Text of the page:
Notice the key word above, “acceptable.” Not everyone will agree on what looks right or authentic. People will have many opinions and variations on what color they use.
Zaloga reviews some stock paint colors from different companies at the end of his article and that can serve as a starting point. Ask other modelers what they have used, whether stock colors or custom colors.
Look at all the colors available and decide if one or two are acceptable or a custom mix might be better. Read forums dedicated to scale modeling and get involved. This is where the modeling community shines.
There are some hobby paint companies that sell sets of colors specifically for different uniforms, like Andrea’s offering. The sets usually come with several shades of the basic color for base coats, shadows and highlights. Paint sets can also be a good starting point for beginners or those who do not want to mix their own colors.
Really, the colors are up to you and should depend on time period (early, mid, late war), use and terrain conditions and other factors. Spend some time on blogs, websites or forums and you’ll probably find what you need.
In the first part of this series, I laid down the groundwork for getting back into modeling cheaply. The first part dealt with models. This part is for the other stuff, namely basic modeling tools. These are the basic every modeler should have and don’t cost much.
The most basic include hobby knives, tweezers, sandpaper and glue.
Hobby knives come in different handle shapes and blade types. They can be used for cutting, scoring, scraping and puncturing. The different blade shapes can be useful for certain applications, but you’ll want a supply of #11 blades on hand at all times. These are pretty cheap. There are several brands, including no-name, but X-Acto is a well known name. You can get these on EBay easily or a local or Internet site. Don’t forget to use a new blade when you start something new. A fresh blade cuts cleaner and quicker. Also, it will reduce the chances of cutting yourself because you won’t be forcing a dull blade. Safety is number #1!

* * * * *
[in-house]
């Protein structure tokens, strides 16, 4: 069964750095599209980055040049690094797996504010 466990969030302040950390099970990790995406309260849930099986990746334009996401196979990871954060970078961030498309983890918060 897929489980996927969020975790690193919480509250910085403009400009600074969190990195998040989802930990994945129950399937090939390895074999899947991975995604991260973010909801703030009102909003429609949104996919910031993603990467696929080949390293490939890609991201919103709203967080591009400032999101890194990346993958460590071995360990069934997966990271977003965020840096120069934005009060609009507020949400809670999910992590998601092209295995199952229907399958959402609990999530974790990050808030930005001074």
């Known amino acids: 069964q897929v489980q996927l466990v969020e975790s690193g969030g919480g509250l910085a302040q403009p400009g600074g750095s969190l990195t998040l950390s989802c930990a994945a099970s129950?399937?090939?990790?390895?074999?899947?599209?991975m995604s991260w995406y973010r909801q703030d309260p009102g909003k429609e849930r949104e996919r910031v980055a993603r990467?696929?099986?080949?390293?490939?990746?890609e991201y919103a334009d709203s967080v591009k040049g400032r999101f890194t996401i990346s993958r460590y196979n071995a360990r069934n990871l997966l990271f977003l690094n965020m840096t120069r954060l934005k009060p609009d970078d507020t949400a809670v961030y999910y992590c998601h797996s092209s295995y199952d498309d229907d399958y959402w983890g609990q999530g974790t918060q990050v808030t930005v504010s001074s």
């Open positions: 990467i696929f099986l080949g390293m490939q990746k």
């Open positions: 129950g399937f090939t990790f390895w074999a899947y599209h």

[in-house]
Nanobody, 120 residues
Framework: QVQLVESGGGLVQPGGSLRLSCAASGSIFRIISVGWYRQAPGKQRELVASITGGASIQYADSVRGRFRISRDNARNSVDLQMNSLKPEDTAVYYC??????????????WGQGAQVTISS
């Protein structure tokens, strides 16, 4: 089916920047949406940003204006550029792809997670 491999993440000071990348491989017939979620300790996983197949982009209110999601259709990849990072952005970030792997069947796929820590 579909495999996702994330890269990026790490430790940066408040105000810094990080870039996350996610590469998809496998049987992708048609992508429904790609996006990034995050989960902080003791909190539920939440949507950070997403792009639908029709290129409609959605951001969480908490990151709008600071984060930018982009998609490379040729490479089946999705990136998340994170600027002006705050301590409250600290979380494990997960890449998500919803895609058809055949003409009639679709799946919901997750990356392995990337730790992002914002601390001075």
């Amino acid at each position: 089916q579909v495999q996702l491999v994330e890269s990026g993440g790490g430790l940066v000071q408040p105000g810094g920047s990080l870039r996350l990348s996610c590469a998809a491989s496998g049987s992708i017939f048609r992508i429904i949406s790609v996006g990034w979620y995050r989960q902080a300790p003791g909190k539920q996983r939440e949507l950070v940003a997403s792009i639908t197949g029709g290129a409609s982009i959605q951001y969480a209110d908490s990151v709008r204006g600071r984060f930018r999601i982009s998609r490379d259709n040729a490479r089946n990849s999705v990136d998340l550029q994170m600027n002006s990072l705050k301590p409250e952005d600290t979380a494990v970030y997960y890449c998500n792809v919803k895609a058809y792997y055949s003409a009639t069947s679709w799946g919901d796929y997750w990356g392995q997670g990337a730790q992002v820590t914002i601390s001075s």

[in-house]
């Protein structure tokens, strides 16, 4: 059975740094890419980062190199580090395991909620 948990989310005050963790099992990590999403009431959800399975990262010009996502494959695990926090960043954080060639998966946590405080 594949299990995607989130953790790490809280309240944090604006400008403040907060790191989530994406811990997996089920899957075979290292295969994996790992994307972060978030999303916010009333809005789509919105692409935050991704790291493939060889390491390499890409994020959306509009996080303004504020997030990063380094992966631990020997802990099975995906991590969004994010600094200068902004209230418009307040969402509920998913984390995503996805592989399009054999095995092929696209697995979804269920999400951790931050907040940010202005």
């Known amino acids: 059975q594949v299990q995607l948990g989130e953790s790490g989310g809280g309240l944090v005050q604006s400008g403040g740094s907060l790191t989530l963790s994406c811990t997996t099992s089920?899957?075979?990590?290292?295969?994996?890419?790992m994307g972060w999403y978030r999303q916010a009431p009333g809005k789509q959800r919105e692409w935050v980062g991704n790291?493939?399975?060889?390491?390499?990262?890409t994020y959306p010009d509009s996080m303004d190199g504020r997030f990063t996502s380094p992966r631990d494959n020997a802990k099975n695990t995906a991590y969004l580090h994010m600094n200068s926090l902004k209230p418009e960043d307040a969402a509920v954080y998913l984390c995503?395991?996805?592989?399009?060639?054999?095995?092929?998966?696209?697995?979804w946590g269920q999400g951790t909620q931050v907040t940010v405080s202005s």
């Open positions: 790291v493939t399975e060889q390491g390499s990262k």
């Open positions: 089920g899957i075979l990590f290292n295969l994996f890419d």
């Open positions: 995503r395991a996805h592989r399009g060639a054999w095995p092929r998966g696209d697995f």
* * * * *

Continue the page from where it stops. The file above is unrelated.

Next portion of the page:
Tweezers are important. They allow you to pick up tiny parts or decals and place them accurately. They come with different tips, some straight, some curved. Some lock and some open only when you press the handle. A basic straight tweezer is all you need to get started and they can be found cheaply almost anywhere.
Sandpaper can be used to smooth out rough edges, make basic shapes, flatten areas with glue or putty bumps, sand edges of parts for a better fit and more. There are packages of small sheets you can buy in hobby stores, but you can buy regular sandpaper from hardware stores for not much, especially if you use a lot of it. There are fine, medium and rough grits of sandpaper all assigned numbers, so take note when you find a grit you like. Also, try to get “wet or dry” sandpaper. You can use this with water to avoid having all the plastic you’ve sanded off floating everywhere.
Glue. Many types of glue abound, from basic model glue to white glue, superglue, spray glue and others. Depending what you’ll be glueing, select the right type of glue. Some glues work well for many materials, but always double check.
So there are a few basics that every modeler needs. After awhile, you may see or hear about different tools used for more specialized purposes. I’ll cover those in part three.